Time Warner Cable Inc., the nation's second largest cable operator, has entered into two agreements with broadcast station owners for the right to retransmit their stations' TV signals.
On Tuesday, Time Warner Cable entered into a four-year retransmission consent agreement with Local TV LLC covering stations in Kansas City, Mo., Greensboro, N.C., Milwaukee, Cleveland and other cities.
On Monday, the cable operator extended its retransmission agreement by one year with Sinclair Broadcast Group Inc.
Sinclair's contract would have expired at the end of the year. The extension means Time Warner Cable subscribers will be able to watch Sinclair's stations without interruption over the next year as both sides continue negotiating over retransmission fees.
Other terms of both deals were not disclosed.
Suffering under an advertising downturn, TV stations increasingly have been asking for retransmission fees from cable and satellite TV operators and phone companies that offer TV service. These companies are required to get the TV stations' consent to retransmit signals over their systems so viewers can watch local channels over cable.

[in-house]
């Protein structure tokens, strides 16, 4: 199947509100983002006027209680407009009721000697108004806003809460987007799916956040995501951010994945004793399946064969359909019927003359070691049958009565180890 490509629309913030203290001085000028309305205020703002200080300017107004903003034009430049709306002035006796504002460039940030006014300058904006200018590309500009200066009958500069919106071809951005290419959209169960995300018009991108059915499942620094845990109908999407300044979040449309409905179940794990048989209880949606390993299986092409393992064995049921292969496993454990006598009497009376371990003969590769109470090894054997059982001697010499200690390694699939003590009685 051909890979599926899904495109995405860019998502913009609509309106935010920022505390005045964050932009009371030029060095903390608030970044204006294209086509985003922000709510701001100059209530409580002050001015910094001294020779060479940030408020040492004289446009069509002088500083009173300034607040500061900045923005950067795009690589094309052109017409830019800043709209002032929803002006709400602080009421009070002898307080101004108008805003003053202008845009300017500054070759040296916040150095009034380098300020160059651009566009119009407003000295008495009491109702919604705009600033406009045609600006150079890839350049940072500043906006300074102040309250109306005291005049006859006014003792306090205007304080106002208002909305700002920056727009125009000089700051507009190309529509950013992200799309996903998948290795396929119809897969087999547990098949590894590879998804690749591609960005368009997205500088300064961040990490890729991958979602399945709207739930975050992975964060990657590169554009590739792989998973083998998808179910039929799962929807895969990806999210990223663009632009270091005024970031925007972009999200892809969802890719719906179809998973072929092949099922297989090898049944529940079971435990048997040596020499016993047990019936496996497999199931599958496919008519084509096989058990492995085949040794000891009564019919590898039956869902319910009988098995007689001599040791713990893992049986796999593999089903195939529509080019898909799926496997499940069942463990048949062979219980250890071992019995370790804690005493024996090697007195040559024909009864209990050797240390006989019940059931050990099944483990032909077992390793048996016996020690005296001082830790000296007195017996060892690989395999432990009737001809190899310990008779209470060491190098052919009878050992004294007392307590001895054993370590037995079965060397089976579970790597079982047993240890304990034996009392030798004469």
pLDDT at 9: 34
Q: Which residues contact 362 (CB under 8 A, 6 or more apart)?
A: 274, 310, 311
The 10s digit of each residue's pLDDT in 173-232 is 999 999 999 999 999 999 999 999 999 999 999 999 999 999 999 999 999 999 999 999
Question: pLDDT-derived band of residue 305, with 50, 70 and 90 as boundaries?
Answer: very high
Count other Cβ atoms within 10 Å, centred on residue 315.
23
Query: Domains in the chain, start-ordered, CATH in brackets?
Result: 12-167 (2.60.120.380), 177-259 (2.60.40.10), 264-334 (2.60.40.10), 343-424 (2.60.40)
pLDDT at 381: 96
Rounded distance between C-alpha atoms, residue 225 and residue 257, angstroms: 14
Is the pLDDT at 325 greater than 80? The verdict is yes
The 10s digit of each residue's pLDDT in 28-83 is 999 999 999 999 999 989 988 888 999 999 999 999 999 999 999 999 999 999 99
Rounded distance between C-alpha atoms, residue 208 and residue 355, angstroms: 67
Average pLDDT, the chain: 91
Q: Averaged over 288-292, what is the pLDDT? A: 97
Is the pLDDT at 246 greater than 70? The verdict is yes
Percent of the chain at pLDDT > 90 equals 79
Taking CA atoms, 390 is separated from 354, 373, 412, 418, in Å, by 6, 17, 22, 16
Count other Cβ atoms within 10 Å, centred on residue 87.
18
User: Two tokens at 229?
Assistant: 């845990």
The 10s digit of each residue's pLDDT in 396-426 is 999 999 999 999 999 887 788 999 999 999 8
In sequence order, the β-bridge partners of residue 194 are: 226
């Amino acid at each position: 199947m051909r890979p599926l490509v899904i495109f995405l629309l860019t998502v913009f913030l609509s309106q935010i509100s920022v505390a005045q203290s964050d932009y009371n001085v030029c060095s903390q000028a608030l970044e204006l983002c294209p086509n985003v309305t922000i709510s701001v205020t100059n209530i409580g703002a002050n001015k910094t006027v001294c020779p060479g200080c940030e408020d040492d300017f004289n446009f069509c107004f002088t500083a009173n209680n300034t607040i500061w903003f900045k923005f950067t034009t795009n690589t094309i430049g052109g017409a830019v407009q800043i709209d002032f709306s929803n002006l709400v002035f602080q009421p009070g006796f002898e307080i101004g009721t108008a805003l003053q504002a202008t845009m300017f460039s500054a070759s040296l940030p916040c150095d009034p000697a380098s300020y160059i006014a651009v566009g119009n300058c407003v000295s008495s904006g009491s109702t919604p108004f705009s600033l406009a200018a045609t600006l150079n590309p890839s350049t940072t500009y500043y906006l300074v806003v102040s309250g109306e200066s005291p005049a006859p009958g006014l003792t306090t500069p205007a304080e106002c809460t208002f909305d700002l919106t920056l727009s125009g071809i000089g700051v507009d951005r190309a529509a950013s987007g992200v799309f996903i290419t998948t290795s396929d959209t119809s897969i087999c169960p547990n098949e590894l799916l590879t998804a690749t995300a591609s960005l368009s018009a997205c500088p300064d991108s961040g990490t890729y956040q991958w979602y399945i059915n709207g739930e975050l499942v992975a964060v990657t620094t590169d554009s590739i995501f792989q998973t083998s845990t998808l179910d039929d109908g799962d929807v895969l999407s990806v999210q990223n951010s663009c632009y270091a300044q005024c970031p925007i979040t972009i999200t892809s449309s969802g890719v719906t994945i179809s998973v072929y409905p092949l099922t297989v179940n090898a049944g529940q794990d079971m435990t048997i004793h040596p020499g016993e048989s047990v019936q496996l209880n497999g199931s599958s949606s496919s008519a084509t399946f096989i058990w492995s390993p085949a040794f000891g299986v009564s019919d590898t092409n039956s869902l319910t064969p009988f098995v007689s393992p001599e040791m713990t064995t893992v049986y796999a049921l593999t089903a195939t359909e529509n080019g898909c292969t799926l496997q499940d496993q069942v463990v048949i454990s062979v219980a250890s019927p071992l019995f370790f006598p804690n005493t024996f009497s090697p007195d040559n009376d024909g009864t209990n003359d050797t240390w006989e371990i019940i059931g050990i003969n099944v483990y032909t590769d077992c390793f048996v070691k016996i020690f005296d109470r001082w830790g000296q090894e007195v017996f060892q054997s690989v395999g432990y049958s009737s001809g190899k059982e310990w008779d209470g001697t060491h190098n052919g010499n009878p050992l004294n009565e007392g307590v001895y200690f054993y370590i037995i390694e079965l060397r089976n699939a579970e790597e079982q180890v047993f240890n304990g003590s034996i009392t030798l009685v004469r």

Historically, TV stations whose owners also own cable channels have allowed retransmission in exchange for carriage of cable channels on a cable or satellite TV system. Payment of fees in cash has been a growing practice in recent years.
Sinclair's TV stations include Fox affiliates in San Antonio; Columbus and Dayton, Ohio; and in Buffalo, Syracuse and Rochester, N.Y. It also owns a CBS affiliate in Portland, Maine; ABC affiliates in Greensboro, N.C. and in Columbus and Dayton, Ohio; among others.
Separately, Time Warner Cable is issuing two tranches of debt totaling $2 billion maturing in 2015 and 2020. Net proceeds will be used to repay other borrowings and for general corporate purposes. Barclays Capital Inc., Deutsche Bank Securities Inc. and Goldman, Sachs & Co. are the book-running managers.
Moody's Investors Service gave the new debt an investment-grade rating of "Baa2."
Time Warner Cable, based in New York, serves more than 14 million customers clustered in New York, the Carolinas, Ohio, southern California and Texas. Its shares were up 16 cents to $43.21 in afternoon trading. Sinclair, based in Hunt Valley, Md., was up 10 cents to $3.69.